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Memory Care or Assisted Living: Which is the right choice?

 
Have you noticed a senior parent or loved one becoming forgetful? Many families turn to memory care when they notice that a loved one is experiencing memory challenges. However, with so many options available today, it can be hard to know which option is best.

Mild to moderate memory loss doesn’t necessarily mean that a senior needs memory care. Some forgetfulness is a normal part of aging, and many seniors with mild memory loss – for example, forgetting to take medications or turn off the stove – thrive in the supportive environment of assisted living.

So, how do you know which is the right choice for your loved one?

Only a physician or qualified professional can determine whether your loved one requires memory care. But, there are some guidelines that can be helpful in deciding whether the right choice is memory care or assisted living.

First, it’s important to understand the difference between memory care and assisted living.

What’s the Difference Between Memory Care and Assisted Living?

In both environments, the goal is to maximize independence for seniors. However, the way we do that is different.

Assisted living provides assistance with the tasks of daily living, such as bathing dressing, and managing medications, along with meals and social programs. Assisted living is an ideal choice for seniors who find maintaining a household burdensome due to physical or mild cognitive changes.

Memory care provides all of the services of assisted living, with a specific focus on serving those with moderate to severe memory loss. From the architecture to the décor to the entertainment and programs, memory care offers a supportive and soothing environment for seniors whose overall wellbeing is significantly impacted by memory loss.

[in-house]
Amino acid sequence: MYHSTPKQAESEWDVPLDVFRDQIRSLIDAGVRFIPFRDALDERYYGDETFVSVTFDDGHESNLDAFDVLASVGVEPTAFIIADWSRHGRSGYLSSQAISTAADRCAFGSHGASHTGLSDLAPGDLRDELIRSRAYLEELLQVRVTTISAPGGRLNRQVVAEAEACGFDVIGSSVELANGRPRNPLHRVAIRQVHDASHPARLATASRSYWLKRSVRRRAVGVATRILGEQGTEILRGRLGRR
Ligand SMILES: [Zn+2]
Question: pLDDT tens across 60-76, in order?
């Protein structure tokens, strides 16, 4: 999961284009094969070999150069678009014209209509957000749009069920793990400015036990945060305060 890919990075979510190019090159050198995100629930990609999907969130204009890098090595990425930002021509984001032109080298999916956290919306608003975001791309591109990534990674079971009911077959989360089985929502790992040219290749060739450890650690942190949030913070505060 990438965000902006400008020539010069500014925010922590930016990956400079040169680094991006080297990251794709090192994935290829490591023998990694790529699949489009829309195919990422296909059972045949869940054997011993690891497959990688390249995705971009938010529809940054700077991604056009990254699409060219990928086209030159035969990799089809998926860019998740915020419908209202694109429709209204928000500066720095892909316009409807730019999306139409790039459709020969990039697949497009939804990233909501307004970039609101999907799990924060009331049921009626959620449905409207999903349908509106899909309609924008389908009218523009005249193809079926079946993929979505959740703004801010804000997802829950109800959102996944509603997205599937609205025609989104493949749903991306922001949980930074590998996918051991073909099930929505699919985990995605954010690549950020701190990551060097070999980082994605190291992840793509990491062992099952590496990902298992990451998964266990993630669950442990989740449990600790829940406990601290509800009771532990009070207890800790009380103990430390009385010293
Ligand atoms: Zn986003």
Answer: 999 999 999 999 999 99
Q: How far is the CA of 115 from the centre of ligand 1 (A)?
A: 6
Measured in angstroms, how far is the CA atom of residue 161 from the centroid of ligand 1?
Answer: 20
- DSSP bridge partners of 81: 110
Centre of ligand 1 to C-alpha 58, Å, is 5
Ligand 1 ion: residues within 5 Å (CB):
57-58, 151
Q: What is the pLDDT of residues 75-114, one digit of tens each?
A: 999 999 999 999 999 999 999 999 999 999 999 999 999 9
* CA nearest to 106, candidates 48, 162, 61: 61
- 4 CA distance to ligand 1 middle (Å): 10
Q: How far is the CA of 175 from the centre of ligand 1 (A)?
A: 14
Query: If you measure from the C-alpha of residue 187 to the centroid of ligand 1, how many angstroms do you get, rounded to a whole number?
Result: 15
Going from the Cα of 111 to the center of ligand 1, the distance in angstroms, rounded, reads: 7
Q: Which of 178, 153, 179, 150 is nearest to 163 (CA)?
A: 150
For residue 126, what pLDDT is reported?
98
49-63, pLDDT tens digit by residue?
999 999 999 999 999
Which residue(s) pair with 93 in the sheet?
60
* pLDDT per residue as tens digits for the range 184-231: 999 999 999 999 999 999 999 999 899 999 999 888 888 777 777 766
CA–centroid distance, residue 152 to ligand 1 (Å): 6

Here are some examples of the key differences between assisted living and memory care.

Assisted Living Memory Care
  • Environment: Residential, similar to luxury hotel or apartment community. Special accessibility features make it easier to navigate for people with assistive devices such as walkers or wheelchairs.
  • Programs: Social and educational programs suit a wide variety of interests including music, arts and crafts, current events, games, and fitness. Programming may be modified to accommodate common concerns such as arthritis or hearing/vision impairment. The purpose of the programming is independence, social interaction, and staying sharp and engaged.
  • Dining: Dining at Sunnyside Manor Independence ‘Plus’ Assisted Living is restaurant style. Residents dine together in the dining room for three meals per day, or may dine in their apartments if they wish. Snacks are always available, and residents are welcome to keep favorite treats in their apartments.
  • Environment: Residential, with décor chosen to soothe and calm. The design, from color to layout, is easier for those with memory loss to navigate. Memory care neighborhoods also have additional security to protect those who may wander from the community.